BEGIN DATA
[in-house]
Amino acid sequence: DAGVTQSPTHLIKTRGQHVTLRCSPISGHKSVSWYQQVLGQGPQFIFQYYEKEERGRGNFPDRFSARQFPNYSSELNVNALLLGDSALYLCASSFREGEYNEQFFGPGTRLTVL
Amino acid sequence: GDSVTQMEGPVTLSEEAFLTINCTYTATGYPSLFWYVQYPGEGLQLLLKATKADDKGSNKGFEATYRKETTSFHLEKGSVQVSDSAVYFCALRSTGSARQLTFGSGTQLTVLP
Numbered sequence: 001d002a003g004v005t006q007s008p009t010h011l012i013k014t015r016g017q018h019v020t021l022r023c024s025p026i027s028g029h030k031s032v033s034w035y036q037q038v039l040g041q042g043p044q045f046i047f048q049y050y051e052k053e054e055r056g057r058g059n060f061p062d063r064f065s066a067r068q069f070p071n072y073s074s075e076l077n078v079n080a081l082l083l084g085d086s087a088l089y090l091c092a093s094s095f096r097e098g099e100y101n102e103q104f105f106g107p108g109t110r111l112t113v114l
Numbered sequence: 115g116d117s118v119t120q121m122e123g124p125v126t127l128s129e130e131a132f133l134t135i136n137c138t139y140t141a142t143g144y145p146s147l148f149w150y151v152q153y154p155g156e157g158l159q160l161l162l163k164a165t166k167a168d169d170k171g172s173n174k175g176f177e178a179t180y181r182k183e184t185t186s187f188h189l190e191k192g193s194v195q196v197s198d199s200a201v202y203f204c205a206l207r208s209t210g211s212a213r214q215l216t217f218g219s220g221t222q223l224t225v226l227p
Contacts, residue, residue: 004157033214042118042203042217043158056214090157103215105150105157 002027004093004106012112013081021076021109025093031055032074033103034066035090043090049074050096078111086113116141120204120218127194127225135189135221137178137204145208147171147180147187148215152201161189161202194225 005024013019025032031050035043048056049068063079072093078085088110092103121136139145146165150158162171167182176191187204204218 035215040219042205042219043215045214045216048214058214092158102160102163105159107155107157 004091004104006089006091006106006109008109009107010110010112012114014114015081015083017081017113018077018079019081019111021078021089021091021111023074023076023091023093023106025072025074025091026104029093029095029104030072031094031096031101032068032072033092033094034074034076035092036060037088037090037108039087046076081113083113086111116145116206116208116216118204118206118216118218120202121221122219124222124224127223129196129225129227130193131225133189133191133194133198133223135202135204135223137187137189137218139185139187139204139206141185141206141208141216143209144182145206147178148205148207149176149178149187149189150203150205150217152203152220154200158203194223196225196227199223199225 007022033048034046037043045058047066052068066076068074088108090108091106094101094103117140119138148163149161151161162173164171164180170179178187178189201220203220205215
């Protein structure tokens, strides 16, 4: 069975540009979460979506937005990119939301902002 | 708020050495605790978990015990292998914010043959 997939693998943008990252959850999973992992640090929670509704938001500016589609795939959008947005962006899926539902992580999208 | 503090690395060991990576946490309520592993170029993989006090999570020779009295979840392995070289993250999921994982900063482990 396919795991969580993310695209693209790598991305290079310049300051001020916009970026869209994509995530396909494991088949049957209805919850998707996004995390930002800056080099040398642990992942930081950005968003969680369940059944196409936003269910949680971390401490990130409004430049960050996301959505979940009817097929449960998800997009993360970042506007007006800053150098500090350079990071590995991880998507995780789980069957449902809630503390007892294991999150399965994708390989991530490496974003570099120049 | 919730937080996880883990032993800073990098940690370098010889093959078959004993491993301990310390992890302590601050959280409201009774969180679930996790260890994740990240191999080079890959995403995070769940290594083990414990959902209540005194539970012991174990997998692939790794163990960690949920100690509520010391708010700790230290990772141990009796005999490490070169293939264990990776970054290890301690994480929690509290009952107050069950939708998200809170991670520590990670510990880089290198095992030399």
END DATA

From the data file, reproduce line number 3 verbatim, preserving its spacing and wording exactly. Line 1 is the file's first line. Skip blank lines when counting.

Amino acid sequence: GDSVTQMEGPVTLSEEAFLTINCTYTATGYPSLFWYVQYPGEGLQLLLKATKADDKGSNKGFEATYRKETTSFHLEKGSVQVSDSAVYFCALRSTGSARQLTFGSGTQLTVLP